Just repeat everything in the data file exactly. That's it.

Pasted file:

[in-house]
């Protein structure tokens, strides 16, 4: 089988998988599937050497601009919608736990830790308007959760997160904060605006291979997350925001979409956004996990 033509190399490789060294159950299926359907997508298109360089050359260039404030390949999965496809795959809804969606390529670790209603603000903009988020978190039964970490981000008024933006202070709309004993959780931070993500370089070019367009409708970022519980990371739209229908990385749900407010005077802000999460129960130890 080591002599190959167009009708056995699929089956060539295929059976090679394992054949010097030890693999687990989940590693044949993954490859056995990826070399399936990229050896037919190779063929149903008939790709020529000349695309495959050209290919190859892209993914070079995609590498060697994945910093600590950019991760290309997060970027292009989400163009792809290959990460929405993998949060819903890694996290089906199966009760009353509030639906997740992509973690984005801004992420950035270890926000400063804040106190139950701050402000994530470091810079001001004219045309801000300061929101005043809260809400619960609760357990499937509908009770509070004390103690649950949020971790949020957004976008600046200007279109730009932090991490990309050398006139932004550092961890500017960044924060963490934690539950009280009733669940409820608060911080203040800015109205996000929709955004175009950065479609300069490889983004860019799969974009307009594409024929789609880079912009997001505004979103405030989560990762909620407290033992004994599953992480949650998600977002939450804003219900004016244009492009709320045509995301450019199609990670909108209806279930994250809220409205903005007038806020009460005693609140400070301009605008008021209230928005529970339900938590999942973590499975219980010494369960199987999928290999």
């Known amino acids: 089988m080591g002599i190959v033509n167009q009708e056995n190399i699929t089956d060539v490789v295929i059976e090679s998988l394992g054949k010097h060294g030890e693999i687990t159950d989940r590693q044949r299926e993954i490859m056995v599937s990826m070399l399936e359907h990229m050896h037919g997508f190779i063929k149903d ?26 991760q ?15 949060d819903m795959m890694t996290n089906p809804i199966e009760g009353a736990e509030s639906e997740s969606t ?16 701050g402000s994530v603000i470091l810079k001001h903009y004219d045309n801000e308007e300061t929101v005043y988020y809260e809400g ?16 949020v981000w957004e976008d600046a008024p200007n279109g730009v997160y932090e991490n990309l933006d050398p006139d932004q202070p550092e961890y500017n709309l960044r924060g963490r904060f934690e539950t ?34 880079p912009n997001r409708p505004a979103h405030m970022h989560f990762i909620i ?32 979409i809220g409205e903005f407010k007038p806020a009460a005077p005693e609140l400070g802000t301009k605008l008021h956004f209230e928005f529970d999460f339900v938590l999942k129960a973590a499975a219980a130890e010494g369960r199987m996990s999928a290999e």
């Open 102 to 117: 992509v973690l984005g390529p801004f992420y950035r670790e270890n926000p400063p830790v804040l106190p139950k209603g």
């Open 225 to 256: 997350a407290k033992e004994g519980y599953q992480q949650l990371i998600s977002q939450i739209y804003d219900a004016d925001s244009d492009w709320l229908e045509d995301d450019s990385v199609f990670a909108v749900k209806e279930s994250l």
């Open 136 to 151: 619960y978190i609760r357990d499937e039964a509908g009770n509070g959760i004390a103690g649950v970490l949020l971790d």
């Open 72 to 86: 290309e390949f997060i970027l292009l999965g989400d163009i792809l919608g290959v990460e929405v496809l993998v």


[in-house]
């Protein structure tokens, strides 16, 4: 089988998988599937050497601009919608736990830790308007959760997160904060605006291979997350925001979409956004996990 033509190399490789060294159950299926359907997508298109360089050359260039404030390949999965496809795959809804969606390529670790209603603000903009988020978190039964970490981000008024933006202070709309004993959780931070993500370089070019367009409708970022519980990371739209229908990385749900407010005077802000999460129960130890 080591002599190959167009009708056995699929089956060539295929059976090679394992054949010097030890693999687990989940590693044949993954490859056995990826070399399936990229050896037919190779063929149903008939790709020529000349695309495959050209290919190859892209993914070079995609590498060697994945910093600590950019991760290309997060970027292009989400163009792809290959990460929405993998949060819903890694996290089906199966009760009353509030639906997740992509973690984005801004992420950035270890926000400063804040106190139950701050402000994530470091810079001001004219045309801000300061929101005043809260809400619960609760357990499937509908009770509070004390103690649950949020971790949020957004976008600046200007279109730009932090991490990309050398006139932004550092961890500017960044924060963490934690539950009280009733669940409820608060911080203040800015109205996000929709955004175009950065479609300069490889983004860019799969974009307009594409024929789609880079912009997001505004979103405030989560990762909620407290033992004994599953992480949650998600977002939450804003219900004016244009492009709320045509995301450019199609990670909108209806279930994250809220409205903005007038806020009460005693609140400070301009605008008021209230928005529970339900938590999942973590499975219980010494369960199987999928290999």
């Known amino acids: 089988m080591g002599i190959v033509n167009q009708e056995n190399i699929t089956d060539v490789v295929i059976e090679s998988l394992g054949k010097h060294g030890e693999i687990t159950d989940r590693q044949r299926e993954i490859m056995v599937s990826m070399l399936e359907h990229m050896h037919g997508f190779i063929k149903d ?26 991760q ?15 949060d819903m795959m890694t996290n089906p809804i199966e009760g009353a736990e509030s639906e997740s969606t ?16 701050g402000s994530v603000i470091l810079k001001h903009y004219d045309n801000e308007e300061t929101v005043y988020y809260e809400g ?16 949020v981000w957004e976008d600046a008024p200007n279109g730009v997160y932090e991490n990309l933006d050398p006139d932004q202070p550092e961890y500017n709309l960044r924060g963490r904060f934690e539950t ?34 880079p912009n997001r409708p505004a979103h405030m970022h989560f990762i909620i ?32 979409i809220g409205e903005f407010k007038p806020a009460a005077p005693e609140l400070g802000t301009k605008l008021h956004f209230e928005f529970d999460f339900v938590l999942k129960a973590a499975a219980a130890e010494g369960r199987m996990s999928a290999e």
């Open 102 to 117: 992509v973690l984005g390529p801004f992420y950035r670790e270890n926000p400063p830790v804040l106190p139950k209603g």
């Open 225 to 256: 997350a407290k033992e004994g519980y599953q992480q949650l990371i998600s977002q939450i739209y804003d219900a004016d925001s244009d492009w709320l229908e045509d995301d450019s990385v199609f990670a909108v749900k209806e279930s994250l």
């Open 136 to 151: 619960y978190i609760r357990d499937e039964a509908g009770n509070g959760i004390a103690g649950v970490l949020l971790d």
């Open 72 to 86: 290309e390949f997060i970027l292009l999965g989400d163009i792809l919608g290959v990460e929405v496809l993998v």